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Date:   Mon, 6 Jan 2020 17:54:56 +0530
From:   Ritesh Harjani <>
To:     Xiaoguang Wang <>,
        "Theodore Y. Ts'o" <>,
        Ext4 Developers List <>,
        Jan Kara <>
Cc:, Liu Bo <>
Subject: Re: Discussion: is it time to remove dioread_nolock?

On 12/29/19 8:33 PM, Xiaoguang Wang wrote:
> hi,
>> With inclusion of Ritesh's inode lock scalability patches[1], the
>> traditional performance reasons for dioread_nolock --- namely,
>> removing the need to take an exclusive lock for Direct I/O read
>> operations --- has been removed.
>> [1] 
>> So... is it time to remove the code which supports dioread_nolock?
>> Doing so would simplify the code base, and reduce the test matrix.
>> This would also make it easier to restructure the write path when
>> allocating blocks so that the extent tree is updated after writing out
>> the data blocks, by clearing away the underbrush of dioread nolock
>> first.
>> If we do this, we'd leave the dioread_nolock mount option for
>> backwards compatibility, but it would be a no-op and not actually do
>> anything.
>> Any objections before I look into ripping out dioread_nolock?
>> The one possible concern that I considered was for Alibaba, which was
>> doing something interesting with dioread_nolock plus nodelalloc.  But
>> looking at Liu Bo's explanation[2], I believe that their workload
>> would be satisfied simply by using the standard ext4 mount options
>> (that is, the default mode has the performance benefits when doing
>> parallel DIO reads, and so the need for nodelalloc to mitigate the
>> tail latency concerns which Alibaba was seeing in their workload would
>> not be needed).  Could Liu or someone from Alibaba confirm, perhaps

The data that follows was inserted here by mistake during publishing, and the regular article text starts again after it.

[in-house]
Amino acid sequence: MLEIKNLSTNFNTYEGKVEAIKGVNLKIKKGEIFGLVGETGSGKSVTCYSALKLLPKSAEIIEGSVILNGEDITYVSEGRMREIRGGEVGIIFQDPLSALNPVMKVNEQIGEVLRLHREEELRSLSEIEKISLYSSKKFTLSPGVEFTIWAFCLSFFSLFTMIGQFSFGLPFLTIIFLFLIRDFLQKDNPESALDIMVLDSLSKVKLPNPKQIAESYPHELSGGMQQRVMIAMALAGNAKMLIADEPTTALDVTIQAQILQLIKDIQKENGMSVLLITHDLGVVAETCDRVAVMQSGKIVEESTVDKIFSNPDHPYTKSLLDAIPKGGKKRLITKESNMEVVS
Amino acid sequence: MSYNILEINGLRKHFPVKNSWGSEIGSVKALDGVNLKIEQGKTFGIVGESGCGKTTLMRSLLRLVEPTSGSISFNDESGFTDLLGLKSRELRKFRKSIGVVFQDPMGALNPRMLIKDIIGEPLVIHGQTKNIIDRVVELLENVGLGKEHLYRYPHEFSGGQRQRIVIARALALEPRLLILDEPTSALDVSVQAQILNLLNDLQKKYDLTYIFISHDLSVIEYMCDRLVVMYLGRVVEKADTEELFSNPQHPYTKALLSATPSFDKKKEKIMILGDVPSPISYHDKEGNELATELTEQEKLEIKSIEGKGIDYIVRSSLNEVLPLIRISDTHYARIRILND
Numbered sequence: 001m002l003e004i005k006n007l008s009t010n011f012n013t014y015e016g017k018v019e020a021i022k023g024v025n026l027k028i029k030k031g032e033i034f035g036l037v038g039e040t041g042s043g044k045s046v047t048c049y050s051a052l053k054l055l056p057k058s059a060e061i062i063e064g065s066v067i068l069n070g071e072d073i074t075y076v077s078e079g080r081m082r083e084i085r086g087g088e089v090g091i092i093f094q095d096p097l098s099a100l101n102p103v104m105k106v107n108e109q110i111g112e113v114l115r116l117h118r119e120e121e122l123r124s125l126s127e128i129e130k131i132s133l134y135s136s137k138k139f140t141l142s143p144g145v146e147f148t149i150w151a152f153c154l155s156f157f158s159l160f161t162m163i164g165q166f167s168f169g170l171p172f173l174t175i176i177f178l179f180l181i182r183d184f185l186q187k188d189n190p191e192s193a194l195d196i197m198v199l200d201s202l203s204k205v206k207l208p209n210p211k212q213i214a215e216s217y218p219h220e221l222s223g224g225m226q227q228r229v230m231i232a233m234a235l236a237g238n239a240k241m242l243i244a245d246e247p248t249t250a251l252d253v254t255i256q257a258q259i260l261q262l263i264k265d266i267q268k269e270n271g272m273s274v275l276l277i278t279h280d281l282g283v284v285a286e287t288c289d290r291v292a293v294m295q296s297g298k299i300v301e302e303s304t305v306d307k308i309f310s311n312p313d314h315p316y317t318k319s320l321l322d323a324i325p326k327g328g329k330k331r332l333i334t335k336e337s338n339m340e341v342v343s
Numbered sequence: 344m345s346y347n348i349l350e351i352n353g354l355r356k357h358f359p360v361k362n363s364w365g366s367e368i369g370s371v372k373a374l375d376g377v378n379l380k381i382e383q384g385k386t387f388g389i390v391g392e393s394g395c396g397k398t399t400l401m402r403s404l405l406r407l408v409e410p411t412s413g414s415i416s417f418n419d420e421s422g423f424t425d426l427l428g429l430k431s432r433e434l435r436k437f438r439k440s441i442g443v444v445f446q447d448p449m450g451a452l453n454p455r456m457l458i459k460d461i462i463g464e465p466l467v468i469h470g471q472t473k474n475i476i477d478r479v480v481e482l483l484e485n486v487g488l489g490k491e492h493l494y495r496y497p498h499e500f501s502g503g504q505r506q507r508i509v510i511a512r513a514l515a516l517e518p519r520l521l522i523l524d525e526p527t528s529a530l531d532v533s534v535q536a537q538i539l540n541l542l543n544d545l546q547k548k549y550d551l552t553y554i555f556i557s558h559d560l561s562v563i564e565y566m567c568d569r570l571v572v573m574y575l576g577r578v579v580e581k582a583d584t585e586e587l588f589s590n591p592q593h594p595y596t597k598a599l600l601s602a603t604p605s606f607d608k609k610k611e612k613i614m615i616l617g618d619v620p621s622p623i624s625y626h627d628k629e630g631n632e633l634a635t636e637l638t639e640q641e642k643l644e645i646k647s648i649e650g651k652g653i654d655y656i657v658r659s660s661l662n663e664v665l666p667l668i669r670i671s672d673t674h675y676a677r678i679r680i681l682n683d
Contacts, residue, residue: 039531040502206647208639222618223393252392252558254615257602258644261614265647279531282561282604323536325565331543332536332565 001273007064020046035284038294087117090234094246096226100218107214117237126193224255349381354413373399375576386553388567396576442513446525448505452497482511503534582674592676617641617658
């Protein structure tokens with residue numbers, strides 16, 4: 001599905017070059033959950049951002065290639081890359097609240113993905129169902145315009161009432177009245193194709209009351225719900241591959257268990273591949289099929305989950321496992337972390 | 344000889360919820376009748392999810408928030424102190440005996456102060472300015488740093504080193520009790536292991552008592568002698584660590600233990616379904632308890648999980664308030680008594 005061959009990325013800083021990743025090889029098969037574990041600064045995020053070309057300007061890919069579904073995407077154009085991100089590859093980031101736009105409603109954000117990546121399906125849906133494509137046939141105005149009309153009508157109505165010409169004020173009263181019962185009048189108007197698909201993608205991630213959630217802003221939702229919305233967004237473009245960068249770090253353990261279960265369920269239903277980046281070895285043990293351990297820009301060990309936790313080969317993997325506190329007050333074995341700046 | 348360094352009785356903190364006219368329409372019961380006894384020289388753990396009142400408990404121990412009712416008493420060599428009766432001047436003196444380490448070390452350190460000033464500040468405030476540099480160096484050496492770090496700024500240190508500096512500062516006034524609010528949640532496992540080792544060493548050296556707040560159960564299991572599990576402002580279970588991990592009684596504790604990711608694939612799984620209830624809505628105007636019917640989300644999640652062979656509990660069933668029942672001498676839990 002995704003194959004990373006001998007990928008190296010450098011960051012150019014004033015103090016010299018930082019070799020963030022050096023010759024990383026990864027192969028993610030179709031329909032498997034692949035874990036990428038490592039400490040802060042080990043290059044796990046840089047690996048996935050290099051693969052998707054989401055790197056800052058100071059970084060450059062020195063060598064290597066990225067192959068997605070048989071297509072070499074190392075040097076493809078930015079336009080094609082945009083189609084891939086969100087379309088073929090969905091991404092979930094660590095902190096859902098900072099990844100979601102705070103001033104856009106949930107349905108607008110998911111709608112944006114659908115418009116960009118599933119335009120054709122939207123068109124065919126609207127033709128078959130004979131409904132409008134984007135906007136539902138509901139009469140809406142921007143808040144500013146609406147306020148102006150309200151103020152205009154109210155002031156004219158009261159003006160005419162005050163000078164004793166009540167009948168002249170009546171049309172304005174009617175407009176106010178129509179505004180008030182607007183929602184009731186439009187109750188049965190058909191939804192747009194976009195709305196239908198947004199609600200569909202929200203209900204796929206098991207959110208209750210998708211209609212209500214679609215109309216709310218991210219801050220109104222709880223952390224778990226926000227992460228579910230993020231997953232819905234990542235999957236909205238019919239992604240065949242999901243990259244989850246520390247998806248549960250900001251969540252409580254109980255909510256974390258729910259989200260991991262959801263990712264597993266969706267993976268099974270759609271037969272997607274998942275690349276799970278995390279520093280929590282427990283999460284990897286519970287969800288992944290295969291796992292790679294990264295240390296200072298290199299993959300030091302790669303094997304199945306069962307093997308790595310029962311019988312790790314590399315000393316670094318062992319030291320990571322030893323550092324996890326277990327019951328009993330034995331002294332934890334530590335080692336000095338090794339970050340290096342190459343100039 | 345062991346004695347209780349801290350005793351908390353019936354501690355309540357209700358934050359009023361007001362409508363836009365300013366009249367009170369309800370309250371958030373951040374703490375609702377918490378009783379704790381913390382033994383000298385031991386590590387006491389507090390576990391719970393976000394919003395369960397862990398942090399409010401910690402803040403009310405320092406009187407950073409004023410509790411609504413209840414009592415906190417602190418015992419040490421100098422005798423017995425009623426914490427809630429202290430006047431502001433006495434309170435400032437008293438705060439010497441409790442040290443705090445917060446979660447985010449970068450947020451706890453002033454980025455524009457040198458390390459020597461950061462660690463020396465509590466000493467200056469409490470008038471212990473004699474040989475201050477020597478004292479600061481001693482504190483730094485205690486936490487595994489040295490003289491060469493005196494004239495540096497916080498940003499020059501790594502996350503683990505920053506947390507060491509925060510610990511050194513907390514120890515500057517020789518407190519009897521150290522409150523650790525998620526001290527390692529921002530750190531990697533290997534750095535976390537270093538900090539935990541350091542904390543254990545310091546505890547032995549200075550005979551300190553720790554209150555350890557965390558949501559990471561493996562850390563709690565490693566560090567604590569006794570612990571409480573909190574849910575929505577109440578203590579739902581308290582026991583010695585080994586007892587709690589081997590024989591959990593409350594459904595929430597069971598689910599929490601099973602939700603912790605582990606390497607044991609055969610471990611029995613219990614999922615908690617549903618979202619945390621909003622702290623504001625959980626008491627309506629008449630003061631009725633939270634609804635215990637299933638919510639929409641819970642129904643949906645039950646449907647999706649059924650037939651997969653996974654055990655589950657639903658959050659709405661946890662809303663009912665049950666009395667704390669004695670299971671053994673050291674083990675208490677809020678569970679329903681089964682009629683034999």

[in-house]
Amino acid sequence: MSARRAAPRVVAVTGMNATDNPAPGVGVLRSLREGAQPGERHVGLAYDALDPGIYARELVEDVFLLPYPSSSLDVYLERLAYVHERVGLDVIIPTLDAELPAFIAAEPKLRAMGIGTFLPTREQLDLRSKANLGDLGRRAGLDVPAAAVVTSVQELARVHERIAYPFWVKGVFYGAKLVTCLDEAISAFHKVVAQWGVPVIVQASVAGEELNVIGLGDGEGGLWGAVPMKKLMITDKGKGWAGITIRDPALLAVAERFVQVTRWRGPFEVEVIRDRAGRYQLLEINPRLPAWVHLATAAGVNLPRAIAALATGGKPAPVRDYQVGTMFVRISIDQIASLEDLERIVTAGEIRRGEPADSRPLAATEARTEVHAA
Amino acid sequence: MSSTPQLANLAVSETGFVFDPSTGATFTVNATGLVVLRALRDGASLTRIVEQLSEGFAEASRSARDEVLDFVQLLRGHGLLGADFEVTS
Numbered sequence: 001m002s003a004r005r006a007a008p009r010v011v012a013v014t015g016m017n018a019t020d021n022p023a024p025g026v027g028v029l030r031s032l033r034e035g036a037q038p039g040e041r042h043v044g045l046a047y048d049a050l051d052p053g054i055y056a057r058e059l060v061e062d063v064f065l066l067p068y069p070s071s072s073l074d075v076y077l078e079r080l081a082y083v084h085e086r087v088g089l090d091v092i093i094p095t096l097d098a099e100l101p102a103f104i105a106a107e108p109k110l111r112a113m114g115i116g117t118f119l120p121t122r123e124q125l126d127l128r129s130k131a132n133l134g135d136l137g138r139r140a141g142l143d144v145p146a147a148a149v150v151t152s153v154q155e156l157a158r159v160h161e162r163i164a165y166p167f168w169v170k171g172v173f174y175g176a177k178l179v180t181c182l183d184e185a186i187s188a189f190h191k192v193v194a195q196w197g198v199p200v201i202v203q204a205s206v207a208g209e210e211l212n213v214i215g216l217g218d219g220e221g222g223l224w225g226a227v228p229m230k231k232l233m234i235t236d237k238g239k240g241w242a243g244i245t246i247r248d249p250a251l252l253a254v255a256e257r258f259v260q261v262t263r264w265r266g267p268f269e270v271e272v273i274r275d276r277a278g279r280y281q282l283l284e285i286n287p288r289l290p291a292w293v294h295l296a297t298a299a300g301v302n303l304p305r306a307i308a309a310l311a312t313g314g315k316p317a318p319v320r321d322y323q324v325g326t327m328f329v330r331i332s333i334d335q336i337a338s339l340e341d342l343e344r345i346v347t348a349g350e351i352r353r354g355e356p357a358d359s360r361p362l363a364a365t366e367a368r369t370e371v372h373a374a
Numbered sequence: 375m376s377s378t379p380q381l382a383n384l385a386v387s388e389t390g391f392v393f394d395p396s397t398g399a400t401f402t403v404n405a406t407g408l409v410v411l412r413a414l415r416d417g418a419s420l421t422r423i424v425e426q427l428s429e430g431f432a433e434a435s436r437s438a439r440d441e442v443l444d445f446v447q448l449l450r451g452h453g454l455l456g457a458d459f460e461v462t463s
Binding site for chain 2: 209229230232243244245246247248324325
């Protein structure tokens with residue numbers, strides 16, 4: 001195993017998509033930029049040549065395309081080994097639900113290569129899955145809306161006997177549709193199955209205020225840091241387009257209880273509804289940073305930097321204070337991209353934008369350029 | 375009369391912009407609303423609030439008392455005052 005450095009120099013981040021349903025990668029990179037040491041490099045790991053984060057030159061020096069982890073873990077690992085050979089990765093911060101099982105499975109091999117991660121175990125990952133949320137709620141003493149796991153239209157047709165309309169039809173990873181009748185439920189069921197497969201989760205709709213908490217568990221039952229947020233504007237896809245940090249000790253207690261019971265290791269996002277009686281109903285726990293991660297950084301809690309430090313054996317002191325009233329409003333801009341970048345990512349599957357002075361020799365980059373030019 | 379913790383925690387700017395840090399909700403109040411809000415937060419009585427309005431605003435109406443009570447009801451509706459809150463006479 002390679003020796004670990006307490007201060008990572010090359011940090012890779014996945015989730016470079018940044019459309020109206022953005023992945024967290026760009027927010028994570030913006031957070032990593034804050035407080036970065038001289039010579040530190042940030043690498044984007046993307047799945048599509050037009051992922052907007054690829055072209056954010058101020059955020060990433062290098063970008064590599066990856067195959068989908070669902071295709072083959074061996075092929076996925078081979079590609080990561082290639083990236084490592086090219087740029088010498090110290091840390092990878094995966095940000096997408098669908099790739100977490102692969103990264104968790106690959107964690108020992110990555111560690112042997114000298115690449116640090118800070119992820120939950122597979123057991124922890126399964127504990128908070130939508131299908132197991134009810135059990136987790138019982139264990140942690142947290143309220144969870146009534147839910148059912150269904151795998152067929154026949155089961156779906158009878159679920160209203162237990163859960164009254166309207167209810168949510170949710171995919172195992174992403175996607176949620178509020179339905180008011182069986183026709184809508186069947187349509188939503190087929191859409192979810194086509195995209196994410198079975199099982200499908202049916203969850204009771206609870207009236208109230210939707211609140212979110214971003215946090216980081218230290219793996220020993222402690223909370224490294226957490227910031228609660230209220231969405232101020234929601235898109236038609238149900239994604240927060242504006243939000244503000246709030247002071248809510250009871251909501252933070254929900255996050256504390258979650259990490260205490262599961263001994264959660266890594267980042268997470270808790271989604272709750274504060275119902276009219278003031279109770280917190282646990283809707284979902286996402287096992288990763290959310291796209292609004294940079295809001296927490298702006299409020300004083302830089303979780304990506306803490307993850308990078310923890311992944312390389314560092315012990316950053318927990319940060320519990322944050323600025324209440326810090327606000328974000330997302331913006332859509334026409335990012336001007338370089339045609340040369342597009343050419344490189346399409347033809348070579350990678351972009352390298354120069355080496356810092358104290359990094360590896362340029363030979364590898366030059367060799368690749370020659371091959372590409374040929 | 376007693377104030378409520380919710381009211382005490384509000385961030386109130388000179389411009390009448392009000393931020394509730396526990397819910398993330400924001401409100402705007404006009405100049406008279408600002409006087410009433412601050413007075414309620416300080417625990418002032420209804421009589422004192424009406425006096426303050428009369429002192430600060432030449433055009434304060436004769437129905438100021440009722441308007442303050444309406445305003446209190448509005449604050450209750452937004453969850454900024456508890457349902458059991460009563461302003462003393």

>> with some benchmarks using their workload?
> Currently we don't use dioread_nolock & nodelalloc in our internal
> servers, and we use dioread_nolock & delalloc widely, it works well.
> The initial reason we use dioread_nolock is that it'll also allocate
> unwritten extents for buffered write, and normally the corresponding
> inode won't be added to jbd2 transaction's t_inode_list, so while
> commiting transaction, it won't flush inodes' dirty pages, then
> transaction will commit quickly, otherwise in extream case, the time

I do notice this in ext4_map_blocks(). We add inode to t_inode_list only
in case if we allocate written blocks. I guess this was done to avoid
stale data exposure problem. So now due to ordered mode, we may end up
flushing all dirty data pages in committing transaction before the
metadata is flushed.

Do you have any benchmarks or workload where we could see this problem?
And could this actually be a problem with any real world workload too?

Actually speaking, dioread_nolock mount option was not meant to solve 
the problem you mentioned.
Atleast as per the Documentation it is meant to help with the inode lock
scalablity issue in DIO reads case, which mostly should be fixed
with recent fixes pointed by Ted in above link.

> taking to flush dirty inodes will be very big, especially cgroup writeback
> is enabled. A previous discussion: 
> I think this semantics hidden behind diread_nolock is also important,
> so if planning to remove this mount option, we should keep same semantics.

Jan/Ted, your opinion on this pls?

I do see that there was a proposal by Ted @ [1] which should
also solve this problem. I do have plans to work on Ted's proposal, but
meanwhile, should we preserve this mount option for above mentioned use
case? Or should we make it a no-op now?

Also as an update, I am working on a patch which should fix the
stale data exposure issue which we currently have with ext4_page_mkwrite
& ext4 DIO reads. With that fixed it was discussed @ [2], that we don't
need dioread_nolock, so I was also planning to make this mount option a
no-op. Will soon post the RFC version of this patch too.

[1] -

[2] -


> Regards,
> Xiaoguang Wang
>> [2] 
>>                                          - Ted

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